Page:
Norris hopes to secure fixed affordable housing allotment
Even in tight fiscal times, mayor’s platform item could see political support
Changes to City Council's political climate this year may provide more support for a measure that would allocate a fixed amount of the city's funds toward affordable housing.
With the support of two key Council members - Kristin Szakos, who was just elected last November, and Vice Mayor Holly Edwards - Mayor Dave Norris may now able to be able to bring in dollar power to bolster an issue at the top of his platform.
"What's clear is that you can pay all the lip service you want to affordable housing," Norris said. "But if you actually want to make a serious commitment to producing affordable housing [and] preserving affordable housing, you've got to bring more financial resources to the table."
Norris attempted to create a fixed allotment of funds for affordable housing twice in years past, but the motion failed because certain Council members opposed it.
The Charlottesville Housing Fund has slowly declined since the 2008 fiscal year, when it had $2.15 million. That figure fell to $1.4 million in 2009 and finally to $1 million in 2010.
"It's still higher than it was," Norris said, noting that $400,000 was allocated to the fund in 2006. "But it's not where it really needs to be if we want to make a bigger impact."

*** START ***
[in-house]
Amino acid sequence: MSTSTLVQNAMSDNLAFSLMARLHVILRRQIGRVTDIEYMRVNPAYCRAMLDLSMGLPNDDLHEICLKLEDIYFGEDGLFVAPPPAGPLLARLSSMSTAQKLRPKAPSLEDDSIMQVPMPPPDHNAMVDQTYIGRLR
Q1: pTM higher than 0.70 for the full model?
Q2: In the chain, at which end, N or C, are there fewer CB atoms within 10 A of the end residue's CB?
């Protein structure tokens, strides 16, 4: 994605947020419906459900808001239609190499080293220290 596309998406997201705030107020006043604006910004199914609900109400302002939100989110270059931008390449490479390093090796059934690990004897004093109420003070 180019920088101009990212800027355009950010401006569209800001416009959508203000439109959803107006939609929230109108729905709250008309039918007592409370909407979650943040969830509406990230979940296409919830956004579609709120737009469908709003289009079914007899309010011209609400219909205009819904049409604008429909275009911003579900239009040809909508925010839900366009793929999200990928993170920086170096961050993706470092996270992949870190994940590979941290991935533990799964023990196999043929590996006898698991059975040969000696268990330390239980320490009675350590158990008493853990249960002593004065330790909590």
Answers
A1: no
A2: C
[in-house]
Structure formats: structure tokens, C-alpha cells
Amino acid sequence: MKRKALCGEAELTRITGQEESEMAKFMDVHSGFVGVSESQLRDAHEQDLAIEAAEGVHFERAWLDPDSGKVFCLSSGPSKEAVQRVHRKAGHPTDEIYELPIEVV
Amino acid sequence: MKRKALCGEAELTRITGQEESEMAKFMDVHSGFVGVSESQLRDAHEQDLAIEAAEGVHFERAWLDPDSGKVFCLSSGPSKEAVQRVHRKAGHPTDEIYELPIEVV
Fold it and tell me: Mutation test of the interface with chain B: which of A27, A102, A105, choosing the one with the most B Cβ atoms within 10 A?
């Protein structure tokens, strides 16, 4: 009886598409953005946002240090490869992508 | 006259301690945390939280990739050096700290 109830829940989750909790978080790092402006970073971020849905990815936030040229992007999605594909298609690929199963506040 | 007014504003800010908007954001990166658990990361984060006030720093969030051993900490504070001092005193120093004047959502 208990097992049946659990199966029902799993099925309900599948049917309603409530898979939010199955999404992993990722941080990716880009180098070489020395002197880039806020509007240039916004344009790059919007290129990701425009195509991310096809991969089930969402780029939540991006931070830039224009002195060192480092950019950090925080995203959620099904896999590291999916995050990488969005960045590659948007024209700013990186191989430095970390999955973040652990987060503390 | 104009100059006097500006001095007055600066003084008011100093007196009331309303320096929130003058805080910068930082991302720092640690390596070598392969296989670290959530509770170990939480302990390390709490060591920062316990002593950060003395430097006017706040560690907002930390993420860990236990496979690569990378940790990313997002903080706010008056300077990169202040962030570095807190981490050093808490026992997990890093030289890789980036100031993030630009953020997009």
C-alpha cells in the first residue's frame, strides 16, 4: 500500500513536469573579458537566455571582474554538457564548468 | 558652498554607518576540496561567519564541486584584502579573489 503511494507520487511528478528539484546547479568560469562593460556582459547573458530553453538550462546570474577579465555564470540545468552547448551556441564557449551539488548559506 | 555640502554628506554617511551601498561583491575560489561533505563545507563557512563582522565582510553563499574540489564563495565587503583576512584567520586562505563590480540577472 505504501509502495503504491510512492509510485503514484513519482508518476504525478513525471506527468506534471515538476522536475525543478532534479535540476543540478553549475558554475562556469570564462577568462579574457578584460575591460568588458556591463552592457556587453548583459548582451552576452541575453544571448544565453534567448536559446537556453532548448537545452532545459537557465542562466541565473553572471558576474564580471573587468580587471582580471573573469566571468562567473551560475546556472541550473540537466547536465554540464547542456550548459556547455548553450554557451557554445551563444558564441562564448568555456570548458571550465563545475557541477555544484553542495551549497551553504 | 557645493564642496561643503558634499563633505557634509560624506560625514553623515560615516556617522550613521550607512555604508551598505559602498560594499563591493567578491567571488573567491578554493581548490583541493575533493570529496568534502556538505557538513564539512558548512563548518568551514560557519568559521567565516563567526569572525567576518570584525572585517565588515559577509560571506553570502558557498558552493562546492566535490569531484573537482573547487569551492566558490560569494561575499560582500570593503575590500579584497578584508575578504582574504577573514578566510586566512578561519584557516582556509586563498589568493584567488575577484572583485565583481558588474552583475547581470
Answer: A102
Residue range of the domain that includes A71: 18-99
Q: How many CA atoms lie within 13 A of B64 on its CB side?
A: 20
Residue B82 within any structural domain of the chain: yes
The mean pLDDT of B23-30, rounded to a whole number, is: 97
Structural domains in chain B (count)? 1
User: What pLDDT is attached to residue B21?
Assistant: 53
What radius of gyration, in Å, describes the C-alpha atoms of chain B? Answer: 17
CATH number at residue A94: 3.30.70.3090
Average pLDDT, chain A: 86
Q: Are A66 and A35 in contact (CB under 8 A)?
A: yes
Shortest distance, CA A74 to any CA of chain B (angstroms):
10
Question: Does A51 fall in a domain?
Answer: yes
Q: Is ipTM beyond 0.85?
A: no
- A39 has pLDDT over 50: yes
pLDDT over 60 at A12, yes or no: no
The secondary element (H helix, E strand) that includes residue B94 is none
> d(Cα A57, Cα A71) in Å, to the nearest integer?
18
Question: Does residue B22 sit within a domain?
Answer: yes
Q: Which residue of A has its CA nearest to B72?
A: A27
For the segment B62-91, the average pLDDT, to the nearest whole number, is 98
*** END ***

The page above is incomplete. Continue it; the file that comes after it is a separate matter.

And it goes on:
The housing fund is currently subject to annual budget decisions by Council. The resulting fluctuations, however, may send the wrong message to private investors involved in affordable housing projects, Norris said.
"We want to get it to where it's [a] sustained commitment that ... the developers of [housing projects] can rely on and plan on," he said. "If they know there are funds available, it gives them the ability to plan for the future."
But Norris and his supporters have met opposition from those Council members who have been uneasy about the idea of an inflexible commitment to one facet of the city budget.
"We try to do the best with the resources we have," Council member Satyendra Huja said. "[But] if you precondition the amount for one subject matter, it limits what resources you have for another subject matter." For example, public education, safety and health are other essential areas toward which the Council must budget its funds, he said.
As Council debates the matter, Charlottesville's Housing Advisory Committee is now compiling a report on housing project recommendations. Despite the political opposition and a "tight year financially [and] budget-wise," Norris said he still sees room for an increase.
"We have the political support now to do more than we did this current year," he said.
-Katherine Raichlen contributed to this article.